Originally Posted by crounsa810
Combining functions is when you do g o f (x). g o f (x) = g (f(x)). So you gotta calculate f(x) first and then that will be your x in your g(x). You gotta be careful when you combine functions. The range of the first function must be in the domain of the second. For example if
f(x) = -x² - 5 (always negative)
g = square root function
g o f doesn't exist in that situation, because g (something negative) is impossible. So whenever you have a g o f (x) thing, always make sure it's legit.
Inverse Functions and their Representations
f(x) = y
The inverse function is the function (let's call it g) that will do g(y) = x. It doesn't always exist. For every y, there must be one and only one x.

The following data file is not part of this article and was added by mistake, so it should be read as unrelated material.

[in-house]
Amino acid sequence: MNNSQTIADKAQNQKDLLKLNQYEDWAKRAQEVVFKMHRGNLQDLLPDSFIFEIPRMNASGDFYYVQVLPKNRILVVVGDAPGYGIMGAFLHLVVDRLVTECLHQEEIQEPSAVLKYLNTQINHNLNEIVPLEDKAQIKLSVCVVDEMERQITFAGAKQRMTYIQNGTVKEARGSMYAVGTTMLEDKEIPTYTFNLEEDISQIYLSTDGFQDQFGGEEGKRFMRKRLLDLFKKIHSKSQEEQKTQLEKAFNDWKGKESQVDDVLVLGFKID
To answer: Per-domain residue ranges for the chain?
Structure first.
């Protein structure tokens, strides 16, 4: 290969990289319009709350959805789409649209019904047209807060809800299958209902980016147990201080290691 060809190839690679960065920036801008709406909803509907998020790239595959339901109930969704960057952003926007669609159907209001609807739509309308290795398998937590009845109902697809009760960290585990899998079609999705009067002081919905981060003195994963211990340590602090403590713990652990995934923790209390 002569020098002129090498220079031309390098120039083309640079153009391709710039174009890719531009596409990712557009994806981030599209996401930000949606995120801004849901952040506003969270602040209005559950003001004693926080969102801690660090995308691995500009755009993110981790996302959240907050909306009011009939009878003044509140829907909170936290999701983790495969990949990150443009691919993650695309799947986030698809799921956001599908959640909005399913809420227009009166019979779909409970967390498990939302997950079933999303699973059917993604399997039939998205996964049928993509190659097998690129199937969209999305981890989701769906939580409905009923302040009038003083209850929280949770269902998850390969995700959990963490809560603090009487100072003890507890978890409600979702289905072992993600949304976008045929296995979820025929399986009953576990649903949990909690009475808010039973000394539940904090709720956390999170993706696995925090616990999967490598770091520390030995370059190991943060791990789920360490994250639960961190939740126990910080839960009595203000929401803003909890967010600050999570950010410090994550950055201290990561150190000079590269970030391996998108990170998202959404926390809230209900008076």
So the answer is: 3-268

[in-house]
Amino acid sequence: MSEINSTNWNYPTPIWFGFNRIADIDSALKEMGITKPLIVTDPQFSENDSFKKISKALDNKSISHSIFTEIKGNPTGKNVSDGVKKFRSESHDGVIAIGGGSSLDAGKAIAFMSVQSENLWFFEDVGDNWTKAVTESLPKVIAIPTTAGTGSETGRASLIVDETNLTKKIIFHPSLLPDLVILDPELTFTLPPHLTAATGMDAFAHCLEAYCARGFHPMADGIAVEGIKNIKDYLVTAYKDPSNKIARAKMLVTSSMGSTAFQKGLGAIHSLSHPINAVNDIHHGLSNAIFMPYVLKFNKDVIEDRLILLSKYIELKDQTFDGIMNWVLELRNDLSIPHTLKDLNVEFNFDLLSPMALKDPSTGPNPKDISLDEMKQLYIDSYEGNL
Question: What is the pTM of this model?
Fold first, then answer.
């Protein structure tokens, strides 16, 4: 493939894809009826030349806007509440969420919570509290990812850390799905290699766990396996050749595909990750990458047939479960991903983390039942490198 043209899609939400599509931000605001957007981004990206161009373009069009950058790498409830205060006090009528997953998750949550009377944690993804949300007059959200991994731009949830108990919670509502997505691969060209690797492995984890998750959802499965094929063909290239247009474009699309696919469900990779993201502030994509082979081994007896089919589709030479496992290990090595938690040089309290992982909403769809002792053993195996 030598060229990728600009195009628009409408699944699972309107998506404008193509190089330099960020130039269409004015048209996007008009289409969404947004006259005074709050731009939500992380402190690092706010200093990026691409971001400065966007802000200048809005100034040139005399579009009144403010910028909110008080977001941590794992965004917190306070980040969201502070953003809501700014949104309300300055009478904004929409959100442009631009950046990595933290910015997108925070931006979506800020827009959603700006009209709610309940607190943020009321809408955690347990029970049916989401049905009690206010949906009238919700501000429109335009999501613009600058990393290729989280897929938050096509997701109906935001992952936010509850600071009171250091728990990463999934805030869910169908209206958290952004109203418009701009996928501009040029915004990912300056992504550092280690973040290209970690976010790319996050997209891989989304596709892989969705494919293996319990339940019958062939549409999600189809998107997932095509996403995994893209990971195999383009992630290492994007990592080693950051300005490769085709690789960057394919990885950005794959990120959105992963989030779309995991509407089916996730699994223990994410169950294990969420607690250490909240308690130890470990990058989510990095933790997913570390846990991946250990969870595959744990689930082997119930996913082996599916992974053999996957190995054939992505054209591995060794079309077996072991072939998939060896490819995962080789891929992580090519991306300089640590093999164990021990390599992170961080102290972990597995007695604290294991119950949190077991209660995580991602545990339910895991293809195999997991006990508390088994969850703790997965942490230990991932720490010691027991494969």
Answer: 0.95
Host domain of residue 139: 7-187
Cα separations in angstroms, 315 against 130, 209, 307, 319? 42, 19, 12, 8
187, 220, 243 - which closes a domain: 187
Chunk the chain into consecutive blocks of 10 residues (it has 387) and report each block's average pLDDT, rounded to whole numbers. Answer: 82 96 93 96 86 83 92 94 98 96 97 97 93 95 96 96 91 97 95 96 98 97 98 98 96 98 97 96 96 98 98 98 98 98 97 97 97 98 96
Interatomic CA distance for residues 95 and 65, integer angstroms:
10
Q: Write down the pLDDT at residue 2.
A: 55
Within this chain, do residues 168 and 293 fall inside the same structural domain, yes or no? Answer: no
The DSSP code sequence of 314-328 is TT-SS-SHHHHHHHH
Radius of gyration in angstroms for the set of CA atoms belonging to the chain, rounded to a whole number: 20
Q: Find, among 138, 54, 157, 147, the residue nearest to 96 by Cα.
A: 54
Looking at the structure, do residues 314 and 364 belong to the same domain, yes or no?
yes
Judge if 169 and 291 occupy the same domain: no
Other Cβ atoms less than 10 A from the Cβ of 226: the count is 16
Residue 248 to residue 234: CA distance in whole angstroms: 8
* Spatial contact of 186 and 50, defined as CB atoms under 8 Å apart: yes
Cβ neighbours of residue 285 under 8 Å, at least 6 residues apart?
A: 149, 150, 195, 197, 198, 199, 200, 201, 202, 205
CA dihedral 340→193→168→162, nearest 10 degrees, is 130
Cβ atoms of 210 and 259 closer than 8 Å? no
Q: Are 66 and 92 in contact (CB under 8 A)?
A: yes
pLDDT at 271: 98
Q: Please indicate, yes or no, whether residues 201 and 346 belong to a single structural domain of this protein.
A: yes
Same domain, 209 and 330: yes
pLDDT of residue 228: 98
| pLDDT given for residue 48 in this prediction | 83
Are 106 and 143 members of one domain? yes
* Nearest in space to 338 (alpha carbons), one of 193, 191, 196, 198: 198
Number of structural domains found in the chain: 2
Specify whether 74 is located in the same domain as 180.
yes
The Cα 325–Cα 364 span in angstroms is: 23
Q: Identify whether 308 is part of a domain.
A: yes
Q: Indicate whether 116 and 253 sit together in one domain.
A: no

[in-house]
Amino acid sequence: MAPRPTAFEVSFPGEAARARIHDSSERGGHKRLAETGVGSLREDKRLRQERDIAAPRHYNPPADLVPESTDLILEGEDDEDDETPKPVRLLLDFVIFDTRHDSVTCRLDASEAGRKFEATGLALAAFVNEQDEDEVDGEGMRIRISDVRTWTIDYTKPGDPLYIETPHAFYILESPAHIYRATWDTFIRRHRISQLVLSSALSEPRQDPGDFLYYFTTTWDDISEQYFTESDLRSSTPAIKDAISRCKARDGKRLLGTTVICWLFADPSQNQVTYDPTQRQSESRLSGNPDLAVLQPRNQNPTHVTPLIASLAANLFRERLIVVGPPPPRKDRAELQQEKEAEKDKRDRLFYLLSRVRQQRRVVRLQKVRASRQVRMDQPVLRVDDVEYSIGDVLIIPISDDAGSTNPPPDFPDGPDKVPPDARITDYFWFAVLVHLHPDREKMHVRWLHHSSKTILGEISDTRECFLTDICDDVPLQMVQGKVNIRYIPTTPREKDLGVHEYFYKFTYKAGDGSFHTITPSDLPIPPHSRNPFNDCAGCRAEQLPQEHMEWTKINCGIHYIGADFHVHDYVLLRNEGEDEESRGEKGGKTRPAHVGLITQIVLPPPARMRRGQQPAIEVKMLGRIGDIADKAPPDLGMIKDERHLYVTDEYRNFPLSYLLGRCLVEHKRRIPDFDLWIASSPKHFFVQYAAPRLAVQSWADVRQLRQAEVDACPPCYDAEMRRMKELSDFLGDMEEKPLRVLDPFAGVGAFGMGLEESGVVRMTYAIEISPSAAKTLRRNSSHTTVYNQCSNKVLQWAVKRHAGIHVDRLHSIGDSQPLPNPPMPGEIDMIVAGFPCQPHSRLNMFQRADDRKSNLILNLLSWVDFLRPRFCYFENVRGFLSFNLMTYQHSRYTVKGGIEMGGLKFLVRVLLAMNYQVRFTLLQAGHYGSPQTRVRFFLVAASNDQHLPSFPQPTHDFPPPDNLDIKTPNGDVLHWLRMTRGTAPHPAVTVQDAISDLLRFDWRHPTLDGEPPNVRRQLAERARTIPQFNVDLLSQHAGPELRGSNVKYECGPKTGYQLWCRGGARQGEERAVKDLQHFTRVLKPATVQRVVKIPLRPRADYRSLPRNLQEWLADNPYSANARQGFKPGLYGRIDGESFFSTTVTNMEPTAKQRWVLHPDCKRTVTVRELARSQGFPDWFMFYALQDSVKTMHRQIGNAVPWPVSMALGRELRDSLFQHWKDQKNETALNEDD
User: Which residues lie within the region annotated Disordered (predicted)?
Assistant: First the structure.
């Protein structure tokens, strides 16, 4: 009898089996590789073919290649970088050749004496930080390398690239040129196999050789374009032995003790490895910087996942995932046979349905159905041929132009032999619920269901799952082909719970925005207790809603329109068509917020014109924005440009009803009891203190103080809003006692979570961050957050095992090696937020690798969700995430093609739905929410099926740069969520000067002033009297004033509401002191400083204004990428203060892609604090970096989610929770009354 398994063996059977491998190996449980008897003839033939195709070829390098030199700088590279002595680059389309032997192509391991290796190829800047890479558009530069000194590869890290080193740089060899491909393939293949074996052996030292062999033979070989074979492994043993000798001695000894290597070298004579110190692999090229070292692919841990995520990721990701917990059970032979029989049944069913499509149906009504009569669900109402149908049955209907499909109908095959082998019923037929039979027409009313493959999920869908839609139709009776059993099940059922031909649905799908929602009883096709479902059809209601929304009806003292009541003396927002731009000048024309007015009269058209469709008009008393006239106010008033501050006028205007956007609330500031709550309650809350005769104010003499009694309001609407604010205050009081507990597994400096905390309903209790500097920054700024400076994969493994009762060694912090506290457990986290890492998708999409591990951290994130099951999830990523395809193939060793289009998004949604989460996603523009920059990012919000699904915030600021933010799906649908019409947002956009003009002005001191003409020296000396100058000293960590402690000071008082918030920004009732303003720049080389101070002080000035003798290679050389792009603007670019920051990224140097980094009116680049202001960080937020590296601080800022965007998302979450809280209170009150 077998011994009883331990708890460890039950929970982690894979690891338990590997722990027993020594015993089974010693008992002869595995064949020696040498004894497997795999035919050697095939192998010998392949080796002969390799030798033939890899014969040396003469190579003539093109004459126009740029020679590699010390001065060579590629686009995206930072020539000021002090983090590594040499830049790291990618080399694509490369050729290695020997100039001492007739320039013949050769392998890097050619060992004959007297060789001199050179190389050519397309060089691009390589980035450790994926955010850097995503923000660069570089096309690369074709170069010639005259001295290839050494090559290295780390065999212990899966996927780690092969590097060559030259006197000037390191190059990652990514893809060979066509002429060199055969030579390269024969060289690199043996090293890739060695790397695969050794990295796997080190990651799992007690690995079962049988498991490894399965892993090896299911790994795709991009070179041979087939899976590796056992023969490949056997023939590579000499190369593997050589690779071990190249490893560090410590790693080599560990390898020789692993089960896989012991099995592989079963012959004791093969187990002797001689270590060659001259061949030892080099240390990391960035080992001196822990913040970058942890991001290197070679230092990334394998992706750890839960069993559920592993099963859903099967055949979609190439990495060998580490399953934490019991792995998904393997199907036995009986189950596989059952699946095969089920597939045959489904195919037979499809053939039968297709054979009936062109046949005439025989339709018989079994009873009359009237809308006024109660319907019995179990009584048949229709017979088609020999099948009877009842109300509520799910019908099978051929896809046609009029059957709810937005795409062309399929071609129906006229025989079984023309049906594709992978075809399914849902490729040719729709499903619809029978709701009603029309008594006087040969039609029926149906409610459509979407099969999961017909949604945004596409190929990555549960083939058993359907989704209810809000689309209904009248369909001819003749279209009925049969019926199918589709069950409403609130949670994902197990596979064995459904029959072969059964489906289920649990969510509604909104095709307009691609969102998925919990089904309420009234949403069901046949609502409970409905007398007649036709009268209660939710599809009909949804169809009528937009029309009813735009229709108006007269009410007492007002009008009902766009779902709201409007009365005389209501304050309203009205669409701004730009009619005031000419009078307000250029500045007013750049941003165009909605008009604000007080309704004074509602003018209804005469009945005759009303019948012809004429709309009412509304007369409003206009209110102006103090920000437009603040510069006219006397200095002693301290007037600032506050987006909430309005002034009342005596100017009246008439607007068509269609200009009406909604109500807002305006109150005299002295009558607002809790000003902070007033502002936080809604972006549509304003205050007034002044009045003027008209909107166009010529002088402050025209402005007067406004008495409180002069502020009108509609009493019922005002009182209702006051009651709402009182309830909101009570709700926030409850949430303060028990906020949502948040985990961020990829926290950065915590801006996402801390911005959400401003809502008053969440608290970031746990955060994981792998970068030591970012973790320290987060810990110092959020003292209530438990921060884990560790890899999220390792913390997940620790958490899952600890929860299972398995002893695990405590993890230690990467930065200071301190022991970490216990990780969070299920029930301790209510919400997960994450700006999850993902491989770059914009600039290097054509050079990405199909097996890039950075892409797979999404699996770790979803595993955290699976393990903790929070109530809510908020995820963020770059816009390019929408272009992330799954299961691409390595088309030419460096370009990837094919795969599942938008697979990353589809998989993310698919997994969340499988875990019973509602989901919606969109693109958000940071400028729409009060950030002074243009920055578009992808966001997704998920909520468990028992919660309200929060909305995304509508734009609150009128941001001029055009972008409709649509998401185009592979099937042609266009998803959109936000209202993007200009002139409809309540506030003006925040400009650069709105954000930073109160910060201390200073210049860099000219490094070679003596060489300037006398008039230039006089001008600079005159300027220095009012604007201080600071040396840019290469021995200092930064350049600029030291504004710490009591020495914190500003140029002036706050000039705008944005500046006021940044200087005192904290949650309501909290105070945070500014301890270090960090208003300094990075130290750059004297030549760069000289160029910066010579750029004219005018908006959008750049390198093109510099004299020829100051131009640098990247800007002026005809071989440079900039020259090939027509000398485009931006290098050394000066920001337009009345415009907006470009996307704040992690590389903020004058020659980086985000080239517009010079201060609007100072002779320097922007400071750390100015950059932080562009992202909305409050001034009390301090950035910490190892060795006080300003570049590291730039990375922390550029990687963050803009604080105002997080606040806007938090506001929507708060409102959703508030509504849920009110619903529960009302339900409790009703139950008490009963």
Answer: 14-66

For example if f(x) = x², f doesn't have an inverse function
f(3) = 9
f(-3) = 9
So for 9, you have 2 possible numbers. So it's not invertible.
In terms of composition, you have g o f = f o g = Id. Id is the function h(x) = x.
Again you have to be careful about the range and the domain of those functions. The domain of one must be the range of the other one.
Exponential Functions and Models
Exponential is the function that's the answer to the differential equation y' = y. So when you derive that function, you have the exact same thing.
exp(x) = 1 + x + x²/2 + (x^3)/6 + ... + (x^n) / (n!) + ... (goes on forever)
Derive that, you get the exact same thing.
It's also e^x, where e is a real number, so it has all the properties you could expect from it.
exp(a+b) = exp(a) * exp(b).
It's no different than when you do x² * x^3 = x^5
x² * x^3 = x^(2+3) = x^5
exp(a-b) = exp(a)/exp(b)
Because a-b = a + (-b). And x^(-n) = 1/(x^n)
Logarithmic Functions and Models
Log is the inverse function of exp.
ln(e^x) = x
And when you derive it, you get the function x --> 1/x
And one piece of advice, f and f(x) are not the same thing. f(x) is a number, f is a function. So never say g(x) is the inverse function of f(x), that doesn't make any sense.